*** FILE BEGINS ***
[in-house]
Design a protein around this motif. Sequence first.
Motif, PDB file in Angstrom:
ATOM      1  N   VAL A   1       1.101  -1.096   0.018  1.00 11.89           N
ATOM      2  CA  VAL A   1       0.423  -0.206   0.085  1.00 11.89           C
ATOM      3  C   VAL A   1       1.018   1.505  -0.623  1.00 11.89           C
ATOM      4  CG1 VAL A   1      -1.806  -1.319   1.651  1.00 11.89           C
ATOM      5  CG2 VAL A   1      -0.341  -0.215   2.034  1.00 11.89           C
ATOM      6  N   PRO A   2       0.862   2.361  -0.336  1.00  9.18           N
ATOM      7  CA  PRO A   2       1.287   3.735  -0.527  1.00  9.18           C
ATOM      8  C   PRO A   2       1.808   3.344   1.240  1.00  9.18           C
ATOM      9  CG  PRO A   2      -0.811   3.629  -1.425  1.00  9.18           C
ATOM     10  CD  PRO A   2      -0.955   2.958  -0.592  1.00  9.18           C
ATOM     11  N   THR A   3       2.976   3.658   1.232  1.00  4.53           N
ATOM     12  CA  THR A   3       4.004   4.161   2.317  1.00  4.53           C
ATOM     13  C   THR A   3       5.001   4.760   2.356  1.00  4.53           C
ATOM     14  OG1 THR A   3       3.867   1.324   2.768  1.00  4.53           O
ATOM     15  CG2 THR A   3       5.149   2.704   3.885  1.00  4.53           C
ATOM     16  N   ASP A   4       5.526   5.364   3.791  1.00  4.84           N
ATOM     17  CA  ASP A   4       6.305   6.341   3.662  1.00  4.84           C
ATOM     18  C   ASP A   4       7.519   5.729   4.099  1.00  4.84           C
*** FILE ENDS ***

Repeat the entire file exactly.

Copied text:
[in-house]
Design a protein around this motif. Sequence first.
Motif, PDB file in Angstrom:
ATOM      1  N   VAL A   1       1.101  -1.096   0.018  1.00 11.89           N
ATOM      2  CA  VAL A   1       0.423  -0.206   0.085  1.00 11.89           C
ATOM      3  C   VAL A   1       1.018   1.505  -0.623  1.00 11.89           C
ATOM      4  CG1 VAL A   1      -1.806  -1.319   1.651  1.00 11.89           C
ATOM      5  CG2 VAL A   1      -0.341  -0.215   2.034  1.00 11.89           C
ATOM      6  N   PRO A   2       0.862   2.361  -0.336  1.00  9.18           N
ATOM      7  CA  PRO A   2       1.287   3.735  -0.527  1.00  9.18           C
ATOM      8  C   PRO A   2       1.808   3.344   1.240  1.00  9.18           C
ATOM      9  CG  PRO A   2      -0.811   3.629  -1.425  1.00  9.18           C
ATOM     10  CD  PRO A   2      -0.955   2.958  -0.592  1.00  9.18           C
ATOM     11  N   THR A   3       2.976   3.658   1.232  1.00  4.53           N
ATOM     12  CA  THR A   3       4.004   4.161   2.317  1.00  4.53           C
ATOM     13  C   THR A   3       5.001   4.760   2.356  1.00  4.53           C
ATOM     14  OG1 THR A   3       3.867   1.324   2.768  1.00  4.53           O
ATOM     15  CG2 THR A   3       5.149   2.704   3.885  1.00  4.53           C
ATOM     16  N   ASP A   4       5.526   5.364   3.791  1.00  4.84           N
ATOM     17  CA  ASP A   4       6.305   6.341   3.662  1.00  4.84           C
ATOM     18  C   ASP A   4       7.519   5.729   4.099  1.00  4.84           C